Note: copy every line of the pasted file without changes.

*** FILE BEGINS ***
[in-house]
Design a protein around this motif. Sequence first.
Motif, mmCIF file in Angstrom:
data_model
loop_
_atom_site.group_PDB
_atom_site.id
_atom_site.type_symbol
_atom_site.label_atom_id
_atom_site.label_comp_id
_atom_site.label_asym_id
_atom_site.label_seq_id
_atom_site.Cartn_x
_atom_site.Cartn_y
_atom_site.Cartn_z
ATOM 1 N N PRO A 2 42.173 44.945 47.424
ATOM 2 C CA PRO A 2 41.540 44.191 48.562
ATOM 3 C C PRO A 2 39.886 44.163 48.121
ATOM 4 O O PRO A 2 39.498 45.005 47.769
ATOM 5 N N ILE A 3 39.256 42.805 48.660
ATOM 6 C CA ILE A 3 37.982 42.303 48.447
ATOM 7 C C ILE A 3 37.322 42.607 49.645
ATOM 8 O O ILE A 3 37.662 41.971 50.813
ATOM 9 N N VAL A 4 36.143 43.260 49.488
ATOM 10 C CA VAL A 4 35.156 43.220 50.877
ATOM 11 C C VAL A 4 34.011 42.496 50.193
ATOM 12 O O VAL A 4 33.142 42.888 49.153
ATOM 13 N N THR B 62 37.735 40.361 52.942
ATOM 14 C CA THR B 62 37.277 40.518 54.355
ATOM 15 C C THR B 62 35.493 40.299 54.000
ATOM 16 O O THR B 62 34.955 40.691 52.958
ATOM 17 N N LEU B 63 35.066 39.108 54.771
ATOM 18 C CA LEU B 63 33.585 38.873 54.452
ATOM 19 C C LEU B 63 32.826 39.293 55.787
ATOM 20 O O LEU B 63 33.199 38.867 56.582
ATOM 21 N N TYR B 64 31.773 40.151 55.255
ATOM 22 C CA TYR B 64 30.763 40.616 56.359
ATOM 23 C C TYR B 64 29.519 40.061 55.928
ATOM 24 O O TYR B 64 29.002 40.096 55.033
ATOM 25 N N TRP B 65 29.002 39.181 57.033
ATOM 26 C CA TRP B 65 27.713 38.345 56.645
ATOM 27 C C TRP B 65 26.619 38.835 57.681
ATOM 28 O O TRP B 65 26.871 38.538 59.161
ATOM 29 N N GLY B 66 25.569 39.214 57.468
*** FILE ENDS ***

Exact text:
[in-house]
Design a protein around this motif. Sequence first.
Motif, mmCIF file in Angstrom:
data_model
loop_
_atom_site.group_PDB
_atom_site.id
_atom_site.type_symbol
_atom_site.label_atom_id
_atom_site.label_comp_id
_atom_site.label_asym_id
_atom_site.label_seq_id
_atom_site.Cartn_x
_atom_site.Cartn_y
_atom_site.Cartn_z
ATOM 1 N N PRO A 2 42.173 44.945 47.424
ATOM 2 C CA PRO A 2 41.540 44.191 48.562
ATOM 3 C C PRO A 2 39.886 44.163 48.121
ATOM 4 O O PRO A 2 39.498 45.005 47.769
ATOM 5 N N ILE A 3 39.256 42.805 48.660
ATOM 6 C CA ILE A 3 37.982 42.303 48.447
ATOM 7 C C ILE A 3 37.322 42.607 49.645
ATOM 8 O O ILE A 3 37.662 41.971 50.813
ATOM 9 N N VAL A 4 36.143 43.260 49.488
ATOM 10 C CA VAL A 4 35.156 43.220 50.877
ATOM 11 C C VAL A 4 34.011 42.496 50.193
ATOM 12 O O VAL A 4 33.142 42.888 49.153
ATOM 13 N N THR B 62 37.735 40.361 52.942
ATOM 14 C CA THR B 62 37.277 40.518 54.355
ATOM 15 C C THR B 62 35.493 40.299 54.000
ATOM 16 O O THR B 62 34.955 40.691 52.958
ATOM 17 N N LEU B 63 35.066 39.108 54.771
ATOM 18 C CA LEU B 63 33.585 38.873 54.452
ATOM 19 C C LEU B 63 32.826 39.293 55.787
ATOM 20 O O LEU B 63 33.199 38.867 56.582
ATOM 21 N N TYR B 64 31.773 40.151 55.255
ATOM 22 C CA TYR B 64 30.763 40.616 56.359
ATOM 23 C C TYR B 64 29.519 40.061 55.928
ATOM 24 O O TYR B 64 29.002 40.096 55.033
ATOM 25 N N TRP B 65 29.002 39.181 57.033
ATOM 26 C CA TRP B 65 27.713 38.345 56.645
ATOM 27 C C TRP B 65 26.619 38.835 57.681
ATOM 28 O O TRP B 65 26.871 38.538 59.161
ATOM 29 N N GLY B 66 25.569 39.214 57.468